Physician assistants have improved the delivery of health care in the United States, and other countries have introduced the profession. Etienne Laverse considers whether this new breed of healthcare professional could solve the problem of doctor shortages in the NHS
- By: Etienne Laverse
The shortage of doctors has always been a global issue. The United States successfully responded to this challenge in the 1960s by developing a professional body that has since been proved to be essential to the medical profession: physician assistants (PAs). China undertook a similar measure and trained over a million “barefoot doctors” to help deliver health care at the same time.1 Presently, there are more than 44 000 PAs in the US, and numbers are projected to exceed 75 000 by 2015.2 They have also been employed since the 1990s in the Canadian forces and similar paramedical healthcare providers exist in India.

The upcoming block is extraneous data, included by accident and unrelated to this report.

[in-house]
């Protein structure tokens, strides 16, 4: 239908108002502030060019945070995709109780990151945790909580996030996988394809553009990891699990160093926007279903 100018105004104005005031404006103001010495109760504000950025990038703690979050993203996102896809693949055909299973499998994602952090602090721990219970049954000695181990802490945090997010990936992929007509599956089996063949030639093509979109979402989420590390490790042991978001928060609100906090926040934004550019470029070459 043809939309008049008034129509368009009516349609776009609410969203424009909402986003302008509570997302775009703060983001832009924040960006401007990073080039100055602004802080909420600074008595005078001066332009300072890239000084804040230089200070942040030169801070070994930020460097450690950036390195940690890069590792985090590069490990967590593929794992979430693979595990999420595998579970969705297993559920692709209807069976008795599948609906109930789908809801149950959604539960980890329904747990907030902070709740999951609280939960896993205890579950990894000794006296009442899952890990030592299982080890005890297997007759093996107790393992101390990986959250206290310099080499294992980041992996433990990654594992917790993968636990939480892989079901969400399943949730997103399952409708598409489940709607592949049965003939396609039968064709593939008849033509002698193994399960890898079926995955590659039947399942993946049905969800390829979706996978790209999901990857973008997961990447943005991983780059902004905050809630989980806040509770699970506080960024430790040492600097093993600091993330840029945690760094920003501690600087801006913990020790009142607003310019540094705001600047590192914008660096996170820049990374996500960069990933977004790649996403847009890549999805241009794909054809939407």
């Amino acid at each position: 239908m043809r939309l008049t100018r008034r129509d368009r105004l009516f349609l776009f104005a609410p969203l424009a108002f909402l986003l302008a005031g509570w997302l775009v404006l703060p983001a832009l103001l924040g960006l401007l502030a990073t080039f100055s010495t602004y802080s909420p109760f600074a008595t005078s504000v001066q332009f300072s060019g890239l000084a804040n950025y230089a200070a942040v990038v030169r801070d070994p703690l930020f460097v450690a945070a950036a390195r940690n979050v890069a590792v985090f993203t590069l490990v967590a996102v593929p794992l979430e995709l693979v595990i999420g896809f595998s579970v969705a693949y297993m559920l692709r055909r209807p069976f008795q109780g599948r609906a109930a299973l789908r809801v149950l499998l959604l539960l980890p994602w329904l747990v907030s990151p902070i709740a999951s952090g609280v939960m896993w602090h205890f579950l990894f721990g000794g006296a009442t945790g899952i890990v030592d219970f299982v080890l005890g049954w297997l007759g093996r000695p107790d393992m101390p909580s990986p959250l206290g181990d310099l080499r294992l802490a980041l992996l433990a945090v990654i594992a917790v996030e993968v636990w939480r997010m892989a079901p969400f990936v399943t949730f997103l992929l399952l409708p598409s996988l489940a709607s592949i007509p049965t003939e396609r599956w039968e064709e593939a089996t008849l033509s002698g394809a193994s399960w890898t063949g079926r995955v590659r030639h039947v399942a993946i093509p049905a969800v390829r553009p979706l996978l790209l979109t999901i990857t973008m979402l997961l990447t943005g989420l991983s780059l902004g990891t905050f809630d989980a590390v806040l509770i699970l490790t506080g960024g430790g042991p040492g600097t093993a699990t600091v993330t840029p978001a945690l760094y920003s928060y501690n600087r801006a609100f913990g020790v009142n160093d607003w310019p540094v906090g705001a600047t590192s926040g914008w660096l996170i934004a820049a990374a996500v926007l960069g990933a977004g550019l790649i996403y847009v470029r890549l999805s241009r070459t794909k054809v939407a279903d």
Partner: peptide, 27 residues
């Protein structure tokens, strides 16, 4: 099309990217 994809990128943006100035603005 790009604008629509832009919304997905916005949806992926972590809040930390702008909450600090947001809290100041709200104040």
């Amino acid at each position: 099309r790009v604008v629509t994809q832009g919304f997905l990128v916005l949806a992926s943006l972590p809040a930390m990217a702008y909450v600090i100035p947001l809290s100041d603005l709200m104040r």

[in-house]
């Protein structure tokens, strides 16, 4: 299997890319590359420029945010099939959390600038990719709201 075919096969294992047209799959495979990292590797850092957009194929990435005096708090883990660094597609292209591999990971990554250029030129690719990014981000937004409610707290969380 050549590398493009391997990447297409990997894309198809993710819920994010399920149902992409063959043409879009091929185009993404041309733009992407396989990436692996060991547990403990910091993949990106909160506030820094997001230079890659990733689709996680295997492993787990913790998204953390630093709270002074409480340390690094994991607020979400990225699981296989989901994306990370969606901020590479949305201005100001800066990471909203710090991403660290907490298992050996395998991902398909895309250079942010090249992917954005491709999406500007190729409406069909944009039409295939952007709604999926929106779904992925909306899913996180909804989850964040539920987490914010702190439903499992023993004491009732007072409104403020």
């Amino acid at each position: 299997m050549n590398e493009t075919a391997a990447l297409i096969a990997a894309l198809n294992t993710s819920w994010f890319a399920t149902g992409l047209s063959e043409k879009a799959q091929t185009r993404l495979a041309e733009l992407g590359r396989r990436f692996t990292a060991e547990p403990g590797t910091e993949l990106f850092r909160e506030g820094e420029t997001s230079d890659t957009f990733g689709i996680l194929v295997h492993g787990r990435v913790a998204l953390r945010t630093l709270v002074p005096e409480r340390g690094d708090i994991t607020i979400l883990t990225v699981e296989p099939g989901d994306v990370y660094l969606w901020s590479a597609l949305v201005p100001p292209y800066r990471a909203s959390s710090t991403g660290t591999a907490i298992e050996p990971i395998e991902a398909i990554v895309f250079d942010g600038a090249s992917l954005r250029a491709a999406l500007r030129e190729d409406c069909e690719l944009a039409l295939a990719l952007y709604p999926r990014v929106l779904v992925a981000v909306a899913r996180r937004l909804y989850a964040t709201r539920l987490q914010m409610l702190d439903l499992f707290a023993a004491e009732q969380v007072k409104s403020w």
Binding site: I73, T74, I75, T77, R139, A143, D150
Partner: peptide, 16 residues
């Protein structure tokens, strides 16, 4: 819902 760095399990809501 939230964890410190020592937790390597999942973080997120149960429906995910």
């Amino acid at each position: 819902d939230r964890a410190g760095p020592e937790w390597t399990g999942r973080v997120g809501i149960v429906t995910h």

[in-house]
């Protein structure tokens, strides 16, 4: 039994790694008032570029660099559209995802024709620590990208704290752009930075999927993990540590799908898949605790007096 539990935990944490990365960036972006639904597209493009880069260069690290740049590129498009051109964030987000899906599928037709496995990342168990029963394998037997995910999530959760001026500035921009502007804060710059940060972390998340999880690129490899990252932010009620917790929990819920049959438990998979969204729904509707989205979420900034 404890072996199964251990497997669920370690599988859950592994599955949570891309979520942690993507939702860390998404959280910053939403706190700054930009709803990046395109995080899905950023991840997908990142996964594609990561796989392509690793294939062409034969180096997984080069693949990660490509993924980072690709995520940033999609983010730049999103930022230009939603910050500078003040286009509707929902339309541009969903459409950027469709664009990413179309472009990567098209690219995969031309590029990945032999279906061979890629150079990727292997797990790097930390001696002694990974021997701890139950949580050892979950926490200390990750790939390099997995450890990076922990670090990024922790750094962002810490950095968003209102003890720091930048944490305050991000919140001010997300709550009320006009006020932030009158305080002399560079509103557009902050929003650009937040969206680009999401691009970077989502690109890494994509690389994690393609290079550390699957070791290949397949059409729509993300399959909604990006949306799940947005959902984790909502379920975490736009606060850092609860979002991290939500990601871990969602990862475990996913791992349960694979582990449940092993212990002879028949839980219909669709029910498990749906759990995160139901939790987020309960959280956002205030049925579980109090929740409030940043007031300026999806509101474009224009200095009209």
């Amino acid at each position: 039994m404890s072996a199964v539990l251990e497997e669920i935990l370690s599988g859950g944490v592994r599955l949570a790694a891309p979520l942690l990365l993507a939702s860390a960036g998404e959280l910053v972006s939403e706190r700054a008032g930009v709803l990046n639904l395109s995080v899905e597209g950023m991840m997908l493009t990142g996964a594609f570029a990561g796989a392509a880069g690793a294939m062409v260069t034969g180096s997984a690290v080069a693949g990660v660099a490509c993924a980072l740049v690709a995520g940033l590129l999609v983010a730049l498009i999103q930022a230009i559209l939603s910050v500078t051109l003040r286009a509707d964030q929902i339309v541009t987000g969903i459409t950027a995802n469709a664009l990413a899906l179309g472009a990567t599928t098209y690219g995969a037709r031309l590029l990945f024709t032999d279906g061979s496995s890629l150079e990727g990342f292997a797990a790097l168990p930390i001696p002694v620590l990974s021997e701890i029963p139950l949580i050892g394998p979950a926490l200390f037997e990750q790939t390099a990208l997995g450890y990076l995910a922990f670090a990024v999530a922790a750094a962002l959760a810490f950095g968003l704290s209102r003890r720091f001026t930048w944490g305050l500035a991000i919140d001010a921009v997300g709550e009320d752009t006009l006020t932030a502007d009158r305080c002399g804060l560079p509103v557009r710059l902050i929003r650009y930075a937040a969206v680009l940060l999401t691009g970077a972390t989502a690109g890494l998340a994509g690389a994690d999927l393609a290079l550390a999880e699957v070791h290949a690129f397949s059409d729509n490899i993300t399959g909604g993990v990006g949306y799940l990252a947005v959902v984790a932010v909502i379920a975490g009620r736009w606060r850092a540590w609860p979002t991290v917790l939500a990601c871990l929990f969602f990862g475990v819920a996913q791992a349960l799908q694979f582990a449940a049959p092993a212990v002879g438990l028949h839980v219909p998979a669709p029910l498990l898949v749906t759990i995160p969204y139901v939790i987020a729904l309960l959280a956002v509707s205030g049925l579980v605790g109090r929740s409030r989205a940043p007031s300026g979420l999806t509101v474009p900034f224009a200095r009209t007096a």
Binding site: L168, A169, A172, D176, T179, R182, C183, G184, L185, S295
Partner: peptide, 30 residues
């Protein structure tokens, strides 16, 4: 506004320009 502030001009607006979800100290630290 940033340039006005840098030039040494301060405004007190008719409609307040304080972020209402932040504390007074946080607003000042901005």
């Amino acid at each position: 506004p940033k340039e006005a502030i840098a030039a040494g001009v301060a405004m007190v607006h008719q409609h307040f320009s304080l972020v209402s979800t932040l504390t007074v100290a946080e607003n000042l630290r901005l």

The interest in PAs in the United Kingdom has been present for a while and is now intensifying. The NHS and the Royal College of Physicians have actively supported introducing PAs in the UK, calling for an early start of pilot projects. They recognise that the NHS